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William H. Herndon, Jesse William Weik, Herndon's Lincoln: The True Story of a Great Life, Etiam in minimis major, The History and Personal Recollections of Abraham Lincoln by William H. Herndon, for twenty years his friend and Jesse William Weik 1,765 1 Browse Search
Abraham Lincoln, Stephen A. Douglas, Debates of Lincoln and Douglas: Carefully Prepared by the Reporters of Each Party at the times of their Delivery. 1,301 9 Browse Search
Harper's Encyclopedia of United States History (ed. Benson Lossing) 947 3 Browse Search
John G. Nicolay, A Short Life of Abraham Lincoln, condensed from Nicolay and Hayes' Abraham Lincoln: A History 914 0 Browse Search
Francis B. Carpenter, Six Months at the White House 776 0 Browse Search
Rebellion Record: a Diary of American Events, Diary from December 17, 1860 - April 30, 1864 (ed. Frank Moore) 495 1 Browse Search
Rebellion Record: a Diary of American Events: Documents and Narratives, Volume 1. (ed. Frank Moore) 485 1 Browse Search
Southern Historical Society Papers, Volume 27. (ed. Reverend J. William Jones) 456 0 Browse Search
Hon. J. L. M. Curry , LL.D., William Robertson Garrett , A. M. , Ph.D., Confederate Military History, a library of Confederate States Military History: Volume 1.1, Legal Justification of the South in secession, The South as a factor in the territorial expansion of the United States (ed. Clement Anselm Evans) 410 0 Browse Search
Horace Greeley, The American Conflict: A History of the Great Rebellion in the United States of America, 1860-65: its Causes, Incidents, and Results: Intended to exhibit especially its moral and political phases with the drift and progress of American opinion respecting human slavery from 1776 to the close of the War for the Union. Volume I. 405 1 Browse Search
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Browsing named entities in Jefferson Davis, The Rise and Fall of the Confederate Government. You can also browse the collection for Abraham Lincoln or search for Abraham Lincoln in all documents.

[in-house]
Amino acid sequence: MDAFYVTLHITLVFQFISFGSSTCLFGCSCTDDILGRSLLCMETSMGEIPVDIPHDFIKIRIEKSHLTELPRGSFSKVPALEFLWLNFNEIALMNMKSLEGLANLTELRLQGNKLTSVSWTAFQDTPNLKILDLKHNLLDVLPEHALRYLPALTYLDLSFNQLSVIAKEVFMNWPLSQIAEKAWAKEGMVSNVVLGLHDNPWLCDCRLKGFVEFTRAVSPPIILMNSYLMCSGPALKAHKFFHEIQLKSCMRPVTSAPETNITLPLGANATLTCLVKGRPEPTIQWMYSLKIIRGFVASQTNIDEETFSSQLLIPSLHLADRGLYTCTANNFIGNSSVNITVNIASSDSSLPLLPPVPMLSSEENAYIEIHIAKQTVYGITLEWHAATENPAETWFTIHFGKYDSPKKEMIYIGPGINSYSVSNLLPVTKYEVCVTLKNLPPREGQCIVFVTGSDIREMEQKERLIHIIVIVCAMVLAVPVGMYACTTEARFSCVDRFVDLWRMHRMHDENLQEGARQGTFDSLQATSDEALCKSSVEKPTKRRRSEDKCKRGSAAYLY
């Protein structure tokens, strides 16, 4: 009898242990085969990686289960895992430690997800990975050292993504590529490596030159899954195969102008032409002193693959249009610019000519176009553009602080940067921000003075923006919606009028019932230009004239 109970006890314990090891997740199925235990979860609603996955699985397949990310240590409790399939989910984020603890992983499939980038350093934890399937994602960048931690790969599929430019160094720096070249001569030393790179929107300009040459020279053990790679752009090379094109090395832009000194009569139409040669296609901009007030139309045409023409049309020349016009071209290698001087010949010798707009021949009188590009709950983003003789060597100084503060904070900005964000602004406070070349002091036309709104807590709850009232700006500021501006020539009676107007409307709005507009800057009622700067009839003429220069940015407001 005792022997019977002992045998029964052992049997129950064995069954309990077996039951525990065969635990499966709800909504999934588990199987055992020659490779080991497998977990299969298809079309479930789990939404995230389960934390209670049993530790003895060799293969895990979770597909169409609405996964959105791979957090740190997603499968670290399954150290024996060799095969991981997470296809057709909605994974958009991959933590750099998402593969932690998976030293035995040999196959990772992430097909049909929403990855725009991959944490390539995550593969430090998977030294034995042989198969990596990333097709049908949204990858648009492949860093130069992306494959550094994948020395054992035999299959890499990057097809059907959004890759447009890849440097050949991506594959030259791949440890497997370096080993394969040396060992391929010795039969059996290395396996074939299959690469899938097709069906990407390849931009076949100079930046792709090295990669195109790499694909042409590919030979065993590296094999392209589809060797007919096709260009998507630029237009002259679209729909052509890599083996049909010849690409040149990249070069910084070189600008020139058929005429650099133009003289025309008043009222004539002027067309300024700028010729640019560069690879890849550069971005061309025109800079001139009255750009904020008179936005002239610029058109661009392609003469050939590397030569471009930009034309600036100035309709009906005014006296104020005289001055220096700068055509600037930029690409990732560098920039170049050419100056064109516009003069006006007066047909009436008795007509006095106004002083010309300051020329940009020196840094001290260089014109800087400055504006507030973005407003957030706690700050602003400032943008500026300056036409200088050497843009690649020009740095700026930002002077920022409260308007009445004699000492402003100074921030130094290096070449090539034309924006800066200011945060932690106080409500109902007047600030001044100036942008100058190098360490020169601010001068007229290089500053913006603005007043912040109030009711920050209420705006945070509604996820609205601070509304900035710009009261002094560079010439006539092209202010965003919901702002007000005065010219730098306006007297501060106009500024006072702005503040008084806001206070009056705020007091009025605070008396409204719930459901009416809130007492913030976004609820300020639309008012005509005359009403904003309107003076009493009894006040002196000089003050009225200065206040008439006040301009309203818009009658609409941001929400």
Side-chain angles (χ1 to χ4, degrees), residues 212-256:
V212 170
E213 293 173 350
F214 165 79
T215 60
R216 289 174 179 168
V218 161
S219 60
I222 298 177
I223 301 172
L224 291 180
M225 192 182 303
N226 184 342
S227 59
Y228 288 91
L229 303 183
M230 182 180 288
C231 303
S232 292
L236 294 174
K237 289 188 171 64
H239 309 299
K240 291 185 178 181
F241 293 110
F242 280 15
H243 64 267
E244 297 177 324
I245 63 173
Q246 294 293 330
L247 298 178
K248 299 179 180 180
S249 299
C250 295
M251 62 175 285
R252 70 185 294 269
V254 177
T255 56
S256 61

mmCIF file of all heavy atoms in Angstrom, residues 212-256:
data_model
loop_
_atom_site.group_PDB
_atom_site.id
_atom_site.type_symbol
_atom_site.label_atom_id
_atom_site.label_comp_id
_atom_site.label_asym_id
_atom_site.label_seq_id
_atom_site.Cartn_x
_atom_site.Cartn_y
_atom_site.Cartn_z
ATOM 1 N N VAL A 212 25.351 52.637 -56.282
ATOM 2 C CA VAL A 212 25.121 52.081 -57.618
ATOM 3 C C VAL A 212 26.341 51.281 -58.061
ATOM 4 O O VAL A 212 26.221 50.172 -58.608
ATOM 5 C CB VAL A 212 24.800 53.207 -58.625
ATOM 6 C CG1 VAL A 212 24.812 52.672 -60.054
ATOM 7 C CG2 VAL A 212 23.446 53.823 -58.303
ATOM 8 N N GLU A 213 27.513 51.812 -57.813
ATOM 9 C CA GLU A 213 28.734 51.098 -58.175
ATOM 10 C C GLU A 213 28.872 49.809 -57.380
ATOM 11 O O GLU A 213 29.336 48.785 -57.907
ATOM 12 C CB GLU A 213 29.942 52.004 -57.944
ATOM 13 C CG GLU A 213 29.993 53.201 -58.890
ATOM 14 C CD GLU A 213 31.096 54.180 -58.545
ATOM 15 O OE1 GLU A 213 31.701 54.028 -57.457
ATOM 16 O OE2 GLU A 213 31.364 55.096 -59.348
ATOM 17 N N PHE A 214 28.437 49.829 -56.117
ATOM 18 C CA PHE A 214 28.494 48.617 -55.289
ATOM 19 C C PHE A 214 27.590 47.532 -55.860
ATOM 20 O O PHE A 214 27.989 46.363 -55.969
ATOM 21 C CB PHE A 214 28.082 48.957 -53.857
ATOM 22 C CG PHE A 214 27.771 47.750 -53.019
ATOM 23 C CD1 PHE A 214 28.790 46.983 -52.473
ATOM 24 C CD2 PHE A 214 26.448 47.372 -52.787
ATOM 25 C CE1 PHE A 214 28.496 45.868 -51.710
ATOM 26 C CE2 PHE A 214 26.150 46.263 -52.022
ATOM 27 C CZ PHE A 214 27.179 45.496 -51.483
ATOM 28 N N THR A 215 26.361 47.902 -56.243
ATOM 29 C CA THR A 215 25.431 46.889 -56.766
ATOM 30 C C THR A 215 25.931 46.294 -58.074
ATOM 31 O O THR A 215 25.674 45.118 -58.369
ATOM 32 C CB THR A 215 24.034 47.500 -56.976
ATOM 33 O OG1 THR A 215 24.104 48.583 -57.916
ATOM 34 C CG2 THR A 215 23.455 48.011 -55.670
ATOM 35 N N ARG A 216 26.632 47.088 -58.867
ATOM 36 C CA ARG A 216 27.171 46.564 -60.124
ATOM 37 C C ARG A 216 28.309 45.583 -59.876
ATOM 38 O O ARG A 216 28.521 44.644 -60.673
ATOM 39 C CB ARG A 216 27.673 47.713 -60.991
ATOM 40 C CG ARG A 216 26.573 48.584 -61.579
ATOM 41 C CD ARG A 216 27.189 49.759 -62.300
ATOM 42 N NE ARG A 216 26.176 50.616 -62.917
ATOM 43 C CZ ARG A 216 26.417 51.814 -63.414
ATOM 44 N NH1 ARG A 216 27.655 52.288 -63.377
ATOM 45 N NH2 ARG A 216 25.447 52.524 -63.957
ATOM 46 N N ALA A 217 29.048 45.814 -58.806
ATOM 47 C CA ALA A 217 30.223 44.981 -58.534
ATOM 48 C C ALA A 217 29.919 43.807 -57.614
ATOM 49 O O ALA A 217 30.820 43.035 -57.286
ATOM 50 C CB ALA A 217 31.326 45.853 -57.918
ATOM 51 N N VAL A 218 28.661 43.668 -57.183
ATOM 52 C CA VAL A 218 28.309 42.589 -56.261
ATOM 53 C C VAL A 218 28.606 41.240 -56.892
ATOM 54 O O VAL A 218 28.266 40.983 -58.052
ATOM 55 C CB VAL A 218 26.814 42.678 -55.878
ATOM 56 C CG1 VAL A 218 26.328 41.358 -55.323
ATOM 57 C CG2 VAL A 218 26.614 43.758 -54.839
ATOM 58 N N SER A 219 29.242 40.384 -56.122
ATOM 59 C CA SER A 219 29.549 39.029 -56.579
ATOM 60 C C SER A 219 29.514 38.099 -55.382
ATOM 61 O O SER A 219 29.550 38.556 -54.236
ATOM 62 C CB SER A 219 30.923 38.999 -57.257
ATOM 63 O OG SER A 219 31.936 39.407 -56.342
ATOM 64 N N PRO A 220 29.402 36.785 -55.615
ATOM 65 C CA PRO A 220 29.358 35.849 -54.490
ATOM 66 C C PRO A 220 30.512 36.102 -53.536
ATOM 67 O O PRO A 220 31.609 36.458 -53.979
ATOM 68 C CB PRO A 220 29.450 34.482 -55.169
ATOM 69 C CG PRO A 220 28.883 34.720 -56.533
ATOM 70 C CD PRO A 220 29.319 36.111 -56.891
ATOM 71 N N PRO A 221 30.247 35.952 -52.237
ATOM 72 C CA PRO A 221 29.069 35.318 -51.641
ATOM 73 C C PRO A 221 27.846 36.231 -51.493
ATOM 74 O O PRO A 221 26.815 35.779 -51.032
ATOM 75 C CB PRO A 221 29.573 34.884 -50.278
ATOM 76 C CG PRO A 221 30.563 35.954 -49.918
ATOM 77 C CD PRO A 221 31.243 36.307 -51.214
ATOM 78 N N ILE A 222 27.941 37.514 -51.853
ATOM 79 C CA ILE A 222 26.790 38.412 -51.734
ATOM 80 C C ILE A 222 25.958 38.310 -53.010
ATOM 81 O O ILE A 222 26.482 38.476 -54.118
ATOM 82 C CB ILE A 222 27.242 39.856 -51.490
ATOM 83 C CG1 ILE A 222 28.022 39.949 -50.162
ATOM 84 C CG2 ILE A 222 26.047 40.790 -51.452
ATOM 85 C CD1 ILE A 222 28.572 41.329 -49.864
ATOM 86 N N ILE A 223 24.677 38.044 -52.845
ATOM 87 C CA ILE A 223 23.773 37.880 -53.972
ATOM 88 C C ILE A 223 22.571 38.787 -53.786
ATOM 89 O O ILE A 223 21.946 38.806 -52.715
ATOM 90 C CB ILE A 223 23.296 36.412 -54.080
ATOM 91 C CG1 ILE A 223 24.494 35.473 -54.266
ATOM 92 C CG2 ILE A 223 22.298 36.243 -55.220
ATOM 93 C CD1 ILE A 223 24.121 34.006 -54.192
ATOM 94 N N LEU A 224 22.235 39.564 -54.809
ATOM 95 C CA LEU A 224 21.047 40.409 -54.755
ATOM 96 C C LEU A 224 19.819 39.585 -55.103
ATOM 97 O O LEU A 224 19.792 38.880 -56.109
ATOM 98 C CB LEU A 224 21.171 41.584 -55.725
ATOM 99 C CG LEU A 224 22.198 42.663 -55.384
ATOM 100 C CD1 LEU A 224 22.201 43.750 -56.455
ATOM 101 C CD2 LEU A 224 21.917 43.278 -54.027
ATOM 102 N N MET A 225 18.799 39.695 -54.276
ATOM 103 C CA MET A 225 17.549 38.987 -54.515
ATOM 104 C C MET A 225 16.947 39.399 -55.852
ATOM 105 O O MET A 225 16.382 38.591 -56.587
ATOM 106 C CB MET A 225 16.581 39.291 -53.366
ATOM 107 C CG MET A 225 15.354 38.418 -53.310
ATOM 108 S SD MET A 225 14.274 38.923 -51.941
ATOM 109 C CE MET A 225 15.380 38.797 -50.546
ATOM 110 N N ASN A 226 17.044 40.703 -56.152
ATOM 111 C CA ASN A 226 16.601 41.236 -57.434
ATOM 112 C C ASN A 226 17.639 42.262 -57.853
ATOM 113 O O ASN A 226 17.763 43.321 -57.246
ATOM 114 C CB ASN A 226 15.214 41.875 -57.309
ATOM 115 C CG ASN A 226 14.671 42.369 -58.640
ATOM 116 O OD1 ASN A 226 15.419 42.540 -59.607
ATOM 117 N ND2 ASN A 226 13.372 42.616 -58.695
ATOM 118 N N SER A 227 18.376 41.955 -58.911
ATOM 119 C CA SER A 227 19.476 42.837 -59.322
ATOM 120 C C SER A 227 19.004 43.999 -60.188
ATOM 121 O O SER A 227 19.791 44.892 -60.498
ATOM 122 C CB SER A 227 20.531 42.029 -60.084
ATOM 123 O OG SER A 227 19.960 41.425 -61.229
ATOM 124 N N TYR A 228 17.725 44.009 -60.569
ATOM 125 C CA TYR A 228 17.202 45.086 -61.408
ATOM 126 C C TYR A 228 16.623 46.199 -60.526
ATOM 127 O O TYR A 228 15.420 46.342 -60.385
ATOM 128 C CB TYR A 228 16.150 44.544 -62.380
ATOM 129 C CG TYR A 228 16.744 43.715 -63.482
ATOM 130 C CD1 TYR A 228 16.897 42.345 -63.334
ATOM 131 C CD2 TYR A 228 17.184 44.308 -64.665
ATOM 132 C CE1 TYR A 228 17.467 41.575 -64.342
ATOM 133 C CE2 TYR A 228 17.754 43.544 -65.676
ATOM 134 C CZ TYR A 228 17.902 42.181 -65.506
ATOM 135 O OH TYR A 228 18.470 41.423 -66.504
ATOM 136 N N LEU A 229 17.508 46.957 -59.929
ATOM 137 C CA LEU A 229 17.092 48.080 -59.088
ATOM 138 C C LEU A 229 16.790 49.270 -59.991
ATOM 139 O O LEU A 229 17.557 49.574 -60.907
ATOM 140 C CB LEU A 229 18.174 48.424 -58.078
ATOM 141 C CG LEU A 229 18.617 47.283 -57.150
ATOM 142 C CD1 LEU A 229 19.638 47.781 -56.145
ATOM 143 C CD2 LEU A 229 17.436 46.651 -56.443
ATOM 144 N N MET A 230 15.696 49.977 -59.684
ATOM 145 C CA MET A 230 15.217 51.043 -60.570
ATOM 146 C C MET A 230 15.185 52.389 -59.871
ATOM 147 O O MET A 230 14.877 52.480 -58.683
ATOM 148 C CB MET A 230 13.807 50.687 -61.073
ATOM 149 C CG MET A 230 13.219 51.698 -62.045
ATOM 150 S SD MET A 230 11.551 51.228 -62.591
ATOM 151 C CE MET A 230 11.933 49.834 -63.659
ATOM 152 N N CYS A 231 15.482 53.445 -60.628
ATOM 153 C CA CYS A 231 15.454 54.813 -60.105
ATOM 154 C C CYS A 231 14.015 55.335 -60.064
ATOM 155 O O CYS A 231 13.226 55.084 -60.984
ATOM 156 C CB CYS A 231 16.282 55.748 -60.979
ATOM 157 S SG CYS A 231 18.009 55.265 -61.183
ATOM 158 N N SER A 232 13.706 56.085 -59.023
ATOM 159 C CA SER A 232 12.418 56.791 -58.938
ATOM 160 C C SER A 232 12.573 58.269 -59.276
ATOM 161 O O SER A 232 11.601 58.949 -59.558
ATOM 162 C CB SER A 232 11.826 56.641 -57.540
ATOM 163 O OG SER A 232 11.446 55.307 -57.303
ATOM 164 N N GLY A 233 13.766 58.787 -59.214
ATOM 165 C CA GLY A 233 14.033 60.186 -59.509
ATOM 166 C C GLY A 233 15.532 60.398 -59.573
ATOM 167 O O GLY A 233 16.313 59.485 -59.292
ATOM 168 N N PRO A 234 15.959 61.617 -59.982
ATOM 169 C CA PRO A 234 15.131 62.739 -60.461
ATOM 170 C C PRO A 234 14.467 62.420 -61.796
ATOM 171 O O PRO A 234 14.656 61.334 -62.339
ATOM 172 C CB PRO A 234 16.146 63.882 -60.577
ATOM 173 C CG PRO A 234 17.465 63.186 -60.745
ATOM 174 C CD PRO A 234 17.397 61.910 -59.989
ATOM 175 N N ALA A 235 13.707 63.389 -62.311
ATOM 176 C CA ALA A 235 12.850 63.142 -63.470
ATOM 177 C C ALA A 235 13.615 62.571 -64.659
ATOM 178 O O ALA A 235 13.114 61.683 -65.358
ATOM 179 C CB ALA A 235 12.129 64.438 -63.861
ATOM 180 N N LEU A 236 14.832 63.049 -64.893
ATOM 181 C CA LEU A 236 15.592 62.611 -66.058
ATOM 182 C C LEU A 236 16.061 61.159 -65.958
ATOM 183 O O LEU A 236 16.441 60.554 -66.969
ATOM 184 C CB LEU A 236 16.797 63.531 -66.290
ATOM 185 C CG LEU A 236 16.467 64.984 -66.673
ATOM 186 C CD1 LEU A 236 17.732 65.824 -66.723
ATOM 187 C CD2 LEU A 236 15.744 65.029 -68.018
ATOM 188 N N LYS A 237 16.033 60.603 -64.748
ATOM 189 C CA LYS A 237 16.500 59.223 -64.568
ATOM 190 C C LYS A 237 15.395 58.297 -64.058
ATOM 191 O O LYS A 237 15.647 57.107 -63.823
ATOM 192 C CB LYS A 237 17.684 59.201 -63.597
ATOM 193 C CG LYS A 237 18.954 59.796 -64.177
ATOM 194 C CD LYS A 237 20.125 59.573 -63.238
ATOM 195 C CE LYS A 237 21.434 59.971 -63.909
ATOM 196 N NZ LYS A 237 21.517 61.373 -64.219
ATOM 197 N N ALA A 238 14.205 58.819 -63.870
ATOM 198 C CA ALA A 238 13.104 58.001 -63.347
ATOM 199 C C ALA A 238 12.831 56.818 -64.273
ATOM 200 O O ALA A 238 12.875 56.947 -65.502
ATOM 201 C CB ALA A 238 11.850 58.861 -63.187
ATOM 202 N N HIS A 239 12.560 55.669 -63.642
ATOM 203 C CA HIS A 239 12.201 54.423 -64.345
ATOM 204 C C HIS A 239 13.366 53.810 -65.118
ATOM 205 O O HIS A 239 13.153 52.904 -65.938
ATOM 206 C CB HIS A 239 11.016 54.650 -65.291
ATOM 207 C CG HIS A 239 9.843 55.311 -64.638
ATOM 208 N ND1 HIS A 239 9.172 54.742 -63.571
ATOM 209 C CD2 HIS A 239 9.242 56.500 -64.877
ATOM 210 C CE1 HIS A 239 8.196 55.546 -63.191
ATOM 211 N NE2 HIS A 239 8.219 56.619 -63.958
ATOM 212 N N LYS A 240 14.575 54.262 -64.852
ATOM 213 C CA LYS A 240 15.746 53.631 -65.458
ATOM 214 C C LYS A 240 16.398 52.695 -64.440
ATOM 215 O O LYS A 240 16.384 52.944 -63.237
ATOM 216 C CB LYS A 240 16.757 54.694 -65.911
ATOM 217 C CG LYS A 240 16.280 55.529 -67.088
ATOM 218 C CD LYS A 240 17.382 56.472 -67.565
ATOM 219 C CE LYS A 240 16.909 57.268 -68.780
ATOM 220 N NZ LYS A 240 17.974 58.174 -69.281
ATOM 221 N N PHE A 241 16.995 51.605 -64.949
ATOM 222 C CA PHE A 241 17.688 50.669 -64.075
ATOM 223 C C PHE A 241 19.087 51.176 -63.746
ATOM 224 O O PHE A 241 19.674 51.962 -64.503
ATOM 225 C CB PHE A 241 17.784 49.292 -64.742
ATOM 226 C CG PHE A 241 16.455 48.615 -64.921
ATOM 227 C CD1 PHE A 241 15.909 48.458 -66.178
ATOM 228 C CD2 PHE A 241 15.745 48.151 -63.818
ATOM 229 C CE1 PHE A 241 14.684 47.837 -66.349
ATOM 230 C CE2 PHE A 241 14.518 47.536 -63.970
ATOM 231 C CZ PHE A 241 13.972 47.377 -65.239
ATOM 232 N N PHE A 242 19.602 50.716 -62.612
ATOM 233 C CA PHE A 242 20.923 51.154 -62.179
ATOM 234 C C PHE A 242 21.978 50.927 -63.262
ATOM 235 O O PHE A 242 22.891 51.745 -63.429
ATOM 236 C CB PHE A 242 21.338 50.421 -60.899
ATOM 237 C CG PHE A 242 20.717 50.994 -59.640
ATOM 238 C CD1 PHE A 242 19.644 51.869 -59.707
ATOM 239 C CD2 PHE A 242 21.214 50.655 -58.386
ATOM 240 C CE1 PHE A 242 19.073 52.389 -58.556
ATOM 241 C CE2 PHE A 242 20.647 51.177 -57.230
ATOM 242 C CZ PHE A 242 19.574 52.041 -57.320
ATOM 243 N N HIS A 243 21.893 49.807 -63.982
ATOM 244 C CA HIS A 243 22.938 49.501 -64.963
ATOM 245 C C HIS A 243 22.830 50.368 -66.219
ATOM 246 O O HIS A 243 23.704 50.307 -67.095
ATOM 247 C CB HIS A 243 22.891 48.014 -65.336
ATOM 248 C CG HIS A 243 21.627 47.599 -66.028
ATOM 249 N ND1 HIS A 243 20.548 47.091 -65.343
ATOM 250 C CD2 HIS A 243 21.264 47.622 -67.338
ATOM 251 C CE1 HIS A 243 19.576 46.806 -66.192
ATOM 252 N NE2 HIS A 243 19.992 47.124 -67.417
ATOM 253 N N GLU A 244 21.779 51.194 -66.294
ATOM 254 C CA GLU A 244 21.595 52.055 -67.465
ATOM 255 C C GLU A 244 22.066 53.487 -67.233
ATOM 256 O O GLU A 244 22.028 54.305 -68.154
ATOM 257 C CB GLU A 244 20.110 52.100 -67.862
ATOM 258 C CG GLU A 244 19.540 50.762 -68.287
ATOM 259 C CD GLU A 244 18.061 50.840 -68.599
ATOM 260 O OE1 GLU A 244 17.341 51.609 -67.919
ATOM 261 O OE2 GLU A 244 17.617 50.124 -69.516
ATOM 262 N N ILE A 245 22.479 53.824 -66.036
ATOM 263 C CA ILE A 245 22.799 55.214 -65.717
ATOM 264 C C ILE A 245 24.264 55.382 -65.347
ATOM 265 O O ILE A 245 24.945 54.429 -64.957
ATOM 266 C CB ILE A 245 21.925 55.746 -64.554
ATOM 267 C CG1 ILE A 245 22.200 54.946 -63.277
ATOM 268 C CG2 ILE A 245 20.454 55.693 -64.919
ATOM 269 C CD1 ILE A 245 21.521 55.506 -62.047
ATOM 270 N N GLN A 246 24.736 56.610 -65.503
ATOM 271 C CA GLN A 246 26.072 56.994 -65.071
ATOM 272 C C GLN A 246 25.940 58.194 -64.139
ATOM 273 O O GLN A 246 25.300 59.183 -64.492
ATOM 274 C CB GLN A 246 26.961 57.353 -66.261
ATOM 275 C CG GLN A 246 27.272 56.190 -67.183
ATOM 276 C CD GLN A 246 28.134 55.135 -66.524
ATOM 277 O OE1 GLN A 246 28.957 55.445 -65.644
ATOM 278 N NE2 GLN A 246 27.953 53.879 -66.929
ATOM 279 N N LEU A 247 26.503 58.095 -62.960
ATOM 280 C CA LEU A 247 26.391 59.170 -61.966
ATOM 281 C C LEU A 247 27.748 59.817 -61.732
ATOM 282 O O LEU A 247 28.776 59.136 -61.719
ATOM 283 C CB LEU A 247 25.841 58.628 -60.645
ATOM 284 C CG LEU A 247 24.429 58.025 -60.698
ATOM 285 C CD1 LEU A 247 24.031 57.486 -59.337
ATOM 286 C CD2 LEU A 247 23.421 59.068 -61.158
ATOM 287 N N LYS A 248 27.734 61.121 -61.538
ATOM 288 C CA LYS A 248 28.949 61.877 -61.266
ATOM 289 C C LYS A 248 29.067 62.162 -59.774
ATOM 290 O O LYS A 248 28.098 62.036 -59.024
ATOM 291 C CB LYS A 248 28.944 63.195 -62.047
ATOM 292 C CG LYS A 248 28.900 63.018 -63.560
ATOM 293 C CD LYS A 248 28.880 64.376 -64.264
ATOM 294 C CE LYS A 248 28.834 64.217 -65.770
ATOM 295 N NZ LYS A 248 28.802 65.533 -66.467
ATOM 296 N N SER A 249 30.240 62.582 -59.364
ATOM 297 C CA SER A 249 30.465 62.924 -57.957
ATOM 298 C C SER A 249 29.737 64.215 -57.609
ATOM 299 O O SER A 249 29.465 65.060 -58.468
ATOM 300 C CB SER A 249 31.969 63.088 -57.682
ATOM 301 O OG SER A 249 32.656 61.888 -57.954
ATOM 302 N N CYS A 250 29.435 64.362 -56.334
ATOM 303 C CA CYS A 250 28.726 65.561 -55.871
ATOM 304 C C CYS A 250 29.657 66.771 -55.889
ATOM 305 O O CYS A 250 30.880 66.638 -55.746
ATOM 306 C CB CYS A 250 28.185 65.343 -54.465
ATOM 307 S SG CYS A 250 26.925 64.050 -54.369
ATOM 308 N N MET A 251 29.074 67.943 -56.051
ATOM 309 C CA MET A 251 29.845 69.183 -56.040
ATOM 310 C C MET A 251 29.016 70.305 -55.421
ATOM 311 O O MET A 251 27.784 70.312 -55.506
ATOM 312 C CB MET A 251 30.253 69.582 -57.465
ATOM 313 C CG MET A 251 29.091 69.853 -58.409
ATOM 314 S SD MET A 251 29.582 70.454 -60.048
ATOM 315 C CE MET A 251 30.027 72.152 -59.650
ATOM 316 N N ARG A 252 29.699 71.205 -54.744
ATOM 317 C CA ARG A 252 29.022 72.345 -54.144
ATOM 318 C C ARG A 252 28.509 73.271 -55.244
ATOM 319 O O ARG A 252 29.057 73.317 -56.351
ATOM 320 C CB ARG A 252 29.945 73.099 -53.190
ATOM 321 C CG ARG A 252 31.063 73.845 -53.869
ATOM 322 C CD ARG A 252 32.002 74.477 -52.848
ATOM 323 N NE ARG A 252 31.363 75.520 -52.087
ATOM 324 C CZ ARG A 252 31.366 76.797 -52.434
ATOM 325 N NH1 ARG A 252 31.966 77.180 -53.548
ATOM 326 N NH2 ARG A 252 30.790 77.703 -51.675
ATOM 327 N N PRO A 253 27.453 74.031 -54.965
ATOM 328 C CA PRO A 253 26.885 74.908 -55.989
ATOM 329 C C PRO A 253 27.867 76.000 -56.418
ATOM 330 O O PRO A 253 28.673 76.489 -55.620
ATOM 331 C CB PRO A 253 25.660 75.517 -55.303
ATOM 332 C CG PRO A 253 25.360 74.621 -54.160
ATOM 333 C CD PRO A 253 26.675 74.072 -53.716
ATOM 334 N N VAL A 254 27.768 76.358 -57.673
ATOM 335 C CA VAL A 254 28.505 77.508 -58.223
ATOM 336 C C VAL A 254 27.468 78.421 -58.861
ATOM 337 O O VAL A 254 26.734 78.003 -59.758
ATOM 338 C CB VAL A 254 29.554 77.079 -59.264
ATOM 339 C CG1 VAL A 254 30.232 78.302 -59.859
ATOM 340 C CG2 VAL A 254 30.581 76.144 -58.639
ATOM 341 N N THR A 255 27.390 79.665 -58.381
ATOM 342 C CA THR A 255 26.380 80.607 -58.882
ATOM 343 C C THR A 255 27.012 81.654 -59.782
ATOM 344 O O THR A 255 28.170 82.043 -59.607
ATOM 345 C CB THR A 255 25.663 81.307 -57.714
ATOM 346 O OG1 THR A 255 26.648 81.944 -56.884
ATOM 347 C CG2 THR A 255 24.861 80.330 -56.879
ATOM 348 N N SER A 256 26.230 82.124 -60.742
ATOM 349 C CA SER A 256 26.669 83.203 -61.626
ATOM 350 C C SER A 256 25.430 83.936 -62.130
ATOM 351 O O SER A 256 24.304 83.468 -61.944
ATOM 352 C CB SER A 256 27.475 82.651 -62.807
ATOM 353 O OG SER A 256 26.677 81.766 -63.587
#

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n behalf of agreement declined by Douglas the election of Lincoln and Hamlin proceedings in the South evidences of calmnesnd the other from the South, but this assemblage nominated Lincoln of Illinois for the first office, and for the second, Hamlin of Maine—both Northerners. Lincoln, its nominee for the presidency, had publicly announced that the Union could not perm. 4. The so-called Republicans, presenting the names of Lincoln and Hamlin, who held, in the language of one of their leadocrats, if he were withdrawn, would join in the support of Lincoln, rather than of any one that should supplant him (Douglas)al to the harmony of the Union. Of 303 electoral votes, Lincoln received 180, but of the popular suffrage of 4,676,853 votwhich 362,--646 were cast for the so-called Republican (or Lincoln) electors, and 312,510 against them. New York was entitle of the popular vote, 19 of these would have been cast for Lincoln, and 16 against him. But under the general ticket system t
but among the people of the several States, many months before it was attempted. They followed no leaders at Washington or elsewhere, but acted for themselves, with an independence and unanimity unprecedented in any movement of such magnitude. Before the meeting of the caucus of January 5, 1861, South Carolina had seceded, and Alabama, Mississippi, Florida, Louisiana, and Texas had taken the initial step of secession, by calling conventions for its accomplishment. Before the election of Lincoln, all the Southern States, excepting one or two, had pledged themselves to separate from the Union upon the triumph of a sectional party in the Presidential election, by acts or resolutions of their Legislatures, resolves of both Democratic and Whig State Conventions, and of primary assemblies of the people—in every way in which they could commit themselves to any future act. Their purpose was proclaimed to the world through the press and telegraph, and criticised in Congress, in the Norther